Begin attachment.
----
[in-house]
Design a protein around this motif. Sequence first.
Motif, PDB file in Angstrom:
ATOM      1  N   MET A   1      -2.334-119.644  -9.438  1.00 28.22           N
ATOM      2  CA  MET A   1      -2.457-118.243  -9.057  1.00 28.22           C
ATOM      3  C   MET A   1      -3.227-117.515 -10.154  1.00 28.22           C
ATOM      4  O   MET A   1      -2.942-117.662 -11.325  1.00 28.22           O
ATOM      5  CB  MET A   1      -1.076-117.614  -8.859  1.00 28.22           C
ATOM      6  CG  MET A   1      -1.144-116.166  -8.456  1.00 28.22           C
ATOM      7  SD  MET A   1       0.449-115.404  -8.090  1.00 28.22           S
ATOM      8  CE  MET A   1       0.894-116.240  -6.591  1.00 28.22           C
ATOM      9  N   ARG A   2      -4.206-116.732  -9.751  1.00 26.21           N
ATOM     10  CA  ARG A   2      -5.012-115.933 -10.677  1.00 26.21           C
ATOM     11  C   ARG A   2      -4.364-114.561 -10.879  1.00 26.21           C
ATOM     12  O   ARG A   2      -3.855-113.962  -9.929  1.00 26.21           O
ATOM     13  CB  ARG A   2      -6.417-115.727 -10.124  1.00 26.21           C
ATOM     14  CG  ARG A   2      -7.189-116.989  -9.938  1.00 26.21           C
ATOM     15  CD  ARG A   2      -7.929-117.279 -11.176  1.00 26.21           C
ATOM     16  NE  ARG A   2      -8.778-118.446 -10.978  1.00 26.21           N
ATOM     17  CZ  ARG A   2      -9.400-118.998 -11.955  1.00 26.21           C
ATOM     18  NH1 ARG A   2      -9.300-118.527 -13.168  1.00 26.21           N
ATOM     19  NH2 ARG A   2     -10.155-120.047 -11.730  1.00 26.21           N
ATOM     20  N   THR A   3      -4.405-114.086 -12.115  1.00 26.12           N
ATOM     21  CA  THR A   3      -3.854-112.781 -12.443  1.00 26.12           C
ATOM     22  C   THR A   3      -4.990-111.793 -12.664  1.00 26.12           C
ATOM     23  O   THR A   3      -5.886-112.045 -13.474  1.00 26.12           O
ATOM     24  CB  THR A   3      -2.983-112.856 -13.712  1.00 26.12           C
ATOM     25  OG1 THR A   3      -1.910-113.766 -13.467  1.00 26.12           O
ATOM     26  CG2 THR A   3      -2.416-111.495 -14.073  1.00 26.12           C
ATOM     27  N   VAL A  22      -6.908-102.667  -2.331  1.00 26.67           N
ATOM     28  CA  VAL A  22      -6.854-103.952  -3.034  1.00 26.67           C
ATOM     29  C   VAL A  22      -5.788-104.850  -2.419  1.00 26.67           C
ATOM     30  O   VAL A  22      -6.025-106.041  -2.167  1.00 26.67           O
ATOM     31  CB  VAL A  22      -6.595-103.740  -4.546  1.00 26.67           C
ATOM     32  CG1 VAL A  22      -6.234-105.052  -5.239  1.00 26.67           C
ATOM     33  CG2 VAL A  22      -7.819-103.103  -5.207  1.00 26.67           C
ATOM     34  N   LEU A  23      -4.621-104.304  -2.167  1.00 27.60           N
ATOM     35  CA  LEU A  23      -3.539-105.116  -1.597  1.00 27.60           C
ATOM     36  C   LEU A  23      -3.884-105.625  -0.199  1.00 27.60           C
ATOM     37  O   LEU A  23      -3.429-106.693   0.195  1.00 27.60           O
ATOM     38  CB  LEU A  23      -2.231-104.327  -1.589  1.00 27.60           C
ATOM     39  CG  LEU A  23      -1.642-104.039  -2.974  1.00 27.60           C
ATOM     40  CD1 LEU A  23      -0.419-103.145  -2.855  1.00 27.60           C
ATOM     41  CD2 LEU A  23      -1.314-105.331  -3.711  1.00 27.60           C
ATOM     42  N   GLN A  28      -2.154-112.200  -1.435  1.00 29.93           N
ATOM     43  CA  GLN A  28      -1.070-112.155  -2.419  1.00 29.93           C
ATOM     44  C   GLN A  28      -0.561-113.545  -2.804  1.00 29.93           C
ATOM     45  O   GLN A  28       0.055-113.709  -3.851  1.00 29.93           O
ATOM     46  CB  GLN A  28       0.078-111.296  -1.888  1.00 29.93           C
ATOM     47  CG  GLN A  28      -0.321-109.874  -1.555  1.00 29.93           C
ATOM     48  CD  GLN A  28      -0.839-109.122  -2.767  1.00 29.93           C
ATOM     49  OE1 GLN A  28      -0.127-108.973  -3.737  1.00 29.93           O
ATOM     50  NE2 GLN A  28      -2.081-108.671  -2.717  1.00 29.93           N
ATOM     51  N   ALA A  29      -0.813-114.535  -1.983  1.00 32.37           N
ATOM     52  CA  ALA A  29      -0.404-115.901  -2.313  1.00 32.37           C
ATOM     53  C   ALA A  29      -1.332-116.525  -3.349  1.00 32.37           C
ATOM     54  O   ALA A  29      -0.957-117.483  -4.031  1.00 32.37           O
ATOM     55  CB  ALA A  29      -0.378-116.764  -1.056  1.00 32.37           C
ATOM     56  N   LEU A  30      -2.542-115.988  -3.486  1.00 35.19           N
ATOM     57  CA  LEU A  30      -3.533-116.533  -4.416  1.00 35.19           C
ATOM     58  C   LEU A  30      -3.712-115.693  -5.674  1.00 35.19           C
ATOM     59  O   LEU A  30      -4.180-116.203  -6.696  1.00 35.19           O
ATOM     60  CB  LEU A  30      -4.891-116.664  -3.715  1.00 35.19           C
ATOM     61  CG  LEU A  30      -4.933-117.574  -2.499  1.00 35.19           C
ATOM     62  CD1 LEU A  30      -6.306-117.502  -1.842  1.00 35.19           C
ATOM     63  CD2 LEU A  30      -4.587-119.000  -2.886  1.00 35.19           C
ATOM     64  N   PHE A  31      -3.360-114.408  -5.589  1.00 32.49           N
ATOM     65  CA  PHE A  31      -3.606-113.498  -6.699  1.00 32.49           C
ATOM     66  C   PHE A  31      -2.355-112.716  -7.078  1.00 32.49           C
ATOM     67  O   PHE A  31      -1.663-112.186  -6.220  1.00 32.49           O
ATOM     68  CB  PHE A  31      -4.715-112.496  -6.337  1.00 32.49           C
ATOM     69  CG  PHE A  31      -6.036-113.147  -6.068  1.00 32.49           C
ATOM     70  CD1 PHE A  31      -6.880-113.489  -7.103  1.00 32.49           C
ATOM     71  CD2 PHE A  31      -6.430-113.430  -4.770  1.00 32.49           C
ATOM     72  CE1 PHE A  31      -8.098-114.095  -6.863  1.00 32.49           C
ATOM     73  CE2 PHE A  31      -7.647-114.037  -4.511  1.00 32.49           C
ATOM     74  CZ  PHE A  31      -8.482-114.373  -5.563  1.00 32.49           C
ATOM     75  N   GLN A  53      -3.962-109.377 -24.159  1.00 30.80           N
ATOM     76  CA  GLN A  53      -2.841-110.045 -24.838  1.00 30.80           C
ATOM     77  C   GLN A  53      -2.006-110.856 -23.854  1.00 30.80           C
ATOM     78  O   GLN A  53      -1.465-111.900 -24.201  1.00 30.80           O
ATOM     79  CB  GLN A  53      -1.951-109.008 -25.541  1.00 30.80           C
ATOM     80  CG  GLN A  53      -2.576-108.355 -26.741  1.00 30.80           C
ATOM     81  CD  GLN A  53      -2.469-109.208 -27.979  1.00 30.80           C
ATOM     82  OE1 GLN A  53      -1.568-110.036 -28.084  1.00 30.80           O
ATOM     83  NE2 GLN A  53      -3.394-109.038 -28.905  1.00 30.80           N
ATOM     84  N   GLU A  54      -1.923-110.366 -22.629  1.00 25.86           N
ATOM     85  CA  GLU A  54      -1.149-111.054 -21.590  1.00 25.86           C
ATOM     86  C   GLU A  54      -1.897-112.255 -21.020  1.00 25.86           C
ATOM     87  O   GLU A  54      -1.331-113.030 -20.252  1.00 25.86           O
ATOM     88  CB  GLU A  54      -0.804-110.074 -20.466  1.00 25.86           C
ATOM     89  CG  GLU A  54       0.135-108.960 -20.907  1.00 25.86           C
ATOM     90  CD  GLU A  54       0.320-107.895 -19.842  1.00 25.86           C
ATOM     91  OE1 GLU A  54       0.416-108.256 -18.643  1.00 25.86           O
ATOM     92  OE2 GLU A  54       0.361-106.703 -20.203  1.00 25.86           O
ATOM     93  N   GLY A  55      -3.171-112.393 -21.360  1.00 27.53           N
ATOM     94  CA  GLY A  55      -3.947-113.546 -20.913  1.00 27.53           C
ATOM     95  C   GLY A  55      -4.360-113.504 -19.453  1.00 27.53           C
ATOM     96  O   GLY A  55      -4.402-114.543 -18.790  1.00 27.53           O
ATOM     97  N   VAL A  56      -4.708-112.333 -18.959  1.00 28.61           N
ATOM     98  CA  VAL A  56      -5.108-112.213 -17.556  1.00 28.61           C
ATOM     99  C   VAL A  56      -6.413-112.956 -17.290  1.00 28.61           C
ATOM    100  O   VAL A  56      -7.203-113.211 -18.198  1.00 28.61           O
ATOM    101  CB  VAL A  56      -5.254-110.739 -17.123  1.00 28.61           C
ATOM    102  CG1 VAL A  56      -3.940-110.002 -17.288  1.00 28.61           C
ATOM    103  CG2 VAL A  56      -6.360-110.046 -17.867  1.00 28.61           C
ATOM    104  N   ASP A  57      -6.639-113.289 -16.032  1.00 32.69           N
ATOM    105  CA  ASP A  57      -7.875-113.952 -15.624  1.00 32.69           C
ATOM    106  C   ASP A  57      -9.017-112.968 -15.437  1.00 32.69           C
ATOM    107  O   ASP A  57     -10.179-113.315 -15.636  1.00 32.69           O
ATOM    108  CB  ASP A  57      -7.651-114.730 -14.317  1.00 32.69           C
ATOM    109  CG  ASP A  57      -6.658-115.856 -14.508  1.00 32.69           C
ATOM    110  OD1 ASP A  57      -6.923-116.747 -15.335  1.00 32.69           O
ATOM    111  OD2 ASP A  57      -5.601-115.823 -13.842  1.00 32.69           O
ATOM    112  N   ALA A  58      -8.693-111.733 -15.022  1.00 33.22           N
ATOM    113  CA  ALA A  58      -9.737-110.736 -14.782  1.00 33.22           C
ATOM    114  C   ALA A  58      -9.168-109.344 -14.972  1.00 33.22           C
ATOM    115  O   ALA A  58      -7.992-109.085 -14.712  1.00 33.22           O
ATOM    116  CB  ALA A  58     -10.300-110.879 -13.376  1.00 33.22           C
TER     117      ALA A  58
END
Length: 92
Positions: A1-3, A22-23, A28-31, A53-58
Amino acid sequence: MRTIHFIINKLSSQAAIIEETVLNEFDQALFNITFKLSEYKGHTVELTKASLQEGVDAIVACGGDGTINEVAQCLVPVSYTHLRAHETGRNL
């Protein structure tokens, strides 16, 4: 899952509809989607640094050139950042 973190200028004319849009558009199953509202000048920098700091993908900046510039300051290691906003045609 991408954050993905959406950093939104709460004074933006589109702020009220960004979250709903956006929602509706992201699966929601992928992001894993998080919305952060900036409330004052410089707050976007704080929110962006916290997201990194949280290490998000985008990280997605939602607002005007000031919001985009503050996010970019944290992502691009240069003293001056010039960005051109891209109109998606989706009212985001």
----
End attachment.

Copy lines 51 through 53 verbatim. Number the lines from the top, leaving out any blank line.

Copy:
ATOM     48  CD  GLN A  28      -0.839-109.122  -2.767  1.00 29.93           C
ATOM     49  OE1 GLN A  28      -0.127-108.973  -3.737  1.00 29.93           O
ATOM     50  NE2 GLN A  28      -2.081-108.671  -2.717  1.00 29.93           N